On the distinction between perceived duration and event timing: towards a unified model of time perception

Rhodes, D. ORCID: 0000-0001-5859-4567, 2018. On the distinction between perceived duration and event timing: towards a unified model of time perception. Timing & Time Perception, 6 (1), pp. 90-123. ISSN 2213-445X

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Abstract

Time is a fundamental dimension of human perception, cognition and action, as the perception and cognition of temporal information is essential for everyday activities and survival. Innumerable studies have investigated the perception of time over the last 100 years, but the neural and computational bases for the processing of time remains unknown. Extant models of time perception are discussed before the proposition of a unified model of time perception that relates perceived event timing with perceived duration. The distinction between perceived event timing and perceived duration provides the current for navigating contemporary approaches to time perception. Recent work has advocated a Bayesian approach to time perception. This framework has been applied to both duration and perceived timing, where prior expectations about when a stimulus might occur in the future (prior distribution) are combined with current sensory evidence (likelihood function) in order to generate the perception of temporal properties (posterior distribution). In general, these models predict that the brain uses temporal expectations to bias perception in a way that stimuli are ‘regularized’ i.e. stimuli look more like what has been seen before. As such, the synthesis of perceived timing and duration models is of theoretical importance for the field of timing and time perception.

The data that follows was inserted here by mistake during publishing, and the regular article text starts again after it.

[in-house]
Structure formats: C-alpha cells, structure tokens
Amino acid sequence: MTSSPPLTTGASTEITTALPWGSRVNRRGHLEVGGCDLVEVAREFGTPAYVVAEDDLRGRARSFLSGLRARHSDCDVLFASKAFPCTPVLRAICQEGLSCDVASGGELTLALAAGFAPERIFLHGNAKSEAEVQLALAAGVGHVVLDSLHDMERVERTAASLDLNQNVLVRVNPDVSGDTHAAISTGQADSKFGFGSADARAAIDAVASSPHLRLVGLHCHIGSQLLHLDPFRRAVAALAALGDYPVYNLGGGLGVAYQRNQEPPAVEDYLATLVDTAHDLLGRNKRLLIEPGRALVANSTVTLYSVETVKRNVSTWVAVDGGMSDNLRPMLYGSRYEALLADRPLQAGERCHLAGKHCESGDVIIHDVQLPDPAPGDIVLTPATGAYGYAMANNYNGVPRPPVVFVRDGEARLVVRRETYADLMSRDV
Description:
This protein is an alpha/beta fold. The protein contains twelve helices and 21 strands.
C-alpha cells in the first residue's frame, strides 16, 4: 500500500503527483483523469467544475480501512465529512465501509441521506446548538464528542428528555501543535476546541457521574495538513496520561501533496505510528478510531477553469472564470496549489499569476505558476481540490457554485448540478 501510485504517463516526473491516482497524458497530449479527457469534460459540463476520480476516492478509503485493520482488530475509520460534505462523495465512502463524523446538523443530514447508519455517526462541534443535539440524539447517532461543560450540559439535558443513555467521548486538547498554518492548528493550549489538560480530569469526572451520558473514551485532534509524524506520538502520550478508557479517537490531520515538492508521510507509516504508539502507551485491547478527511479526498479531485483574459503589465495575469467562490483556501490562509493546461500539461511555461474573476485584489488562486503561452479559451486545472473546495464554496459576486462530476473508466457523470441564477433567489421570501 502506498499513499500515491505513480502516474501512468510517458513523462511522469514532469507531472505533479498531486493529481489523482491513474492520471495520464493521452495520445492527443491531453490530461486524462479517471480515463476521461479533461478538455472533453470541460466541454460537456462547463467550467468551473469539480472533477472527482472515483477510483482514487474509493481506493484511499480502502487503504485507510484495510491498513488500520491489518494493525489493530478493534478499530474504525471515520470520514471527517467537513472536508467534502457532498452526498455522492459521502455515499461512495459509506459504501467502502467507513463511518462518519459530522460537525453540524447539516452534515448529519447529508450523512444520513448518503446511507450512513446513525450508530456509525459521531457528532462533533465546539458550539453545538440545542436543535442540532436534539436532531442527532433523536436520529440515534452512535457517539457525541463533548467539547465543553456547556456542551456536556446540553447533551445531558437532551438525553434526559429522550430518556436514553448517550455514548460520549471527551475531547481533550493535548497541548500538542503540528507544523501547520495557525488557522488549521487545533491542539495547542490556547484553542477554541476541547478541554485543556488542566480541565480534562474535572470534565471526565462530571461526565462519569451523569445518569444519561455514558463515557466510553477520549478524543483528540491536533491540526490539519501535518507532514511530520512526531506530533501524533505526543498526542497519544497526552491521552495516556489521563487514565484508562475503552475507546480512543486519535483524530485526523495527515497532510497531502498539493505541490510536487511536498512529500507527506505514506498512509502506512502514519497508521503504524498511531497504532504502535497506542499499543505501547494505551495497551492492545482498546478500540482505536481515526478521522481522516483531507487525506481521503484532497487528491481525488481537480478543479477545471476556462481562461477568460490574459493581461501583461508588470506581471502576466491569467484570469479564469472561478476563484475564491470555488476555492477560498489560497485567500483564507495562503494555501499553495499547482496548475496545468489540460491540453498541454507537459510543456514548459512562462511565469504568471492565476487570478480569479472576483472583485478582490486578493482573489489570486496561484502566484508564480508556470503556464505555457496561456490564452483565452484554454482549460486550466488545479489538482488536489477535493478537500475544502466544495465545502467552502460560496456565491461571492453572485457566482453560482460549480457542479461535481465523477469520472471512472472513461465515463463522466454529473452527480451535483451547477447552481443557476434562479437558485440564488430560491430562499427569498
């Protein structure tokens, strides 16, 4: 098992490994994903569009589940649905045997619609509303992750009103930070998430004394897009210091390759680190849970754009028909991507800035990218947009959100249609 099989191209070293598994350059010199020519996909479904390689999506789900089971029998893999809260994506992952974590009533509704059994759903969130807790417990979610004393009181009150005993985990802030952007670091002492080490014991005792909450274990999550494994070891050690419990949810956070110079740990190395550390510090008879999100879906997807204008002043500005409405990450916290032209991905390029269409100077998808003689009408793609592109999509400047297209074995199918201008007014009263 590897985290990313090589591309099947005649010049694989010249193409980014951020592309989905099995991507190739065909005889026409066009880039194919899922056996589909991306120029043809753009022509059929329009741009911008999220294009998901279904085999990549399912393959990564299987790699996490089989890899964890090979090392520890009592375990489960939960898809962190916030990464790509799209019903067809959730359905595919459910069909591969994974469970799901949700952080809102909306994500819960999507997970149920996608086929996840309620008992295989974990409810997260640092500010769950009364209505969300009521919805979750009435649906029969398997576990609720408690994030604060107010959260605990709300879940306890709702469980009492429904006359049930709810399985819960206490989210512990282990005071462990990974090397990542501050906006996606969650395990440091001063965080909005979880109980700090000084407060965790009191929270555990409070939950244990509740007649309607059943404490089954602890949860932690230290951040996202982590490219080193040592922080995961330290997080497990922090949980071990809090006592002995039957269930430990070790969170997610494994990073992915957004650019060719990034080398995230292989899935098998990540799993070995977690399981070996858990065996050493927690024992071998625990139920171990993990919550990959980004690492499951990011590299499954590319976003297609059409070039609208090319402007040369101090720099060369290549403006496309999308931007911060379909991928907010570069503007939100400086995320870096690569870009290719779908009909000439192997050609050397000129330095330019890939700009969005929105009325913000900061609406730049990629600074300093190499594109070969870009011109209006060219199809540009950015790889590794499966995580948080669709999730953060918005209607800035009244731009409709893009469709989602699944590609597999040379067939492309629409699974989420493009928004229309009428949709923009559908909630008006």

Item Type: Journal article
Publication Title: Timing & Time Perception
Creators: Rhodes, D.
Publisher: Brill
Date: 15 May 2018
Volume: 6
Number: 1
ISSN: 2213-445X
Identifiers:
NumberType
10.1163/22134468-20181132DOI
Rights: This is an open access article distributed under the terms of the prevailing CC-BY license at the time of publication.
Divisions: Schools > School of Social Sciences
Depositing User: Jonathan Gallacher
Date Added: 26 Jul 2018 09:24
Last Modified: 15 May 2019 03:00
URI: http://irep.ntu.ac.uk/id/eprint/34175

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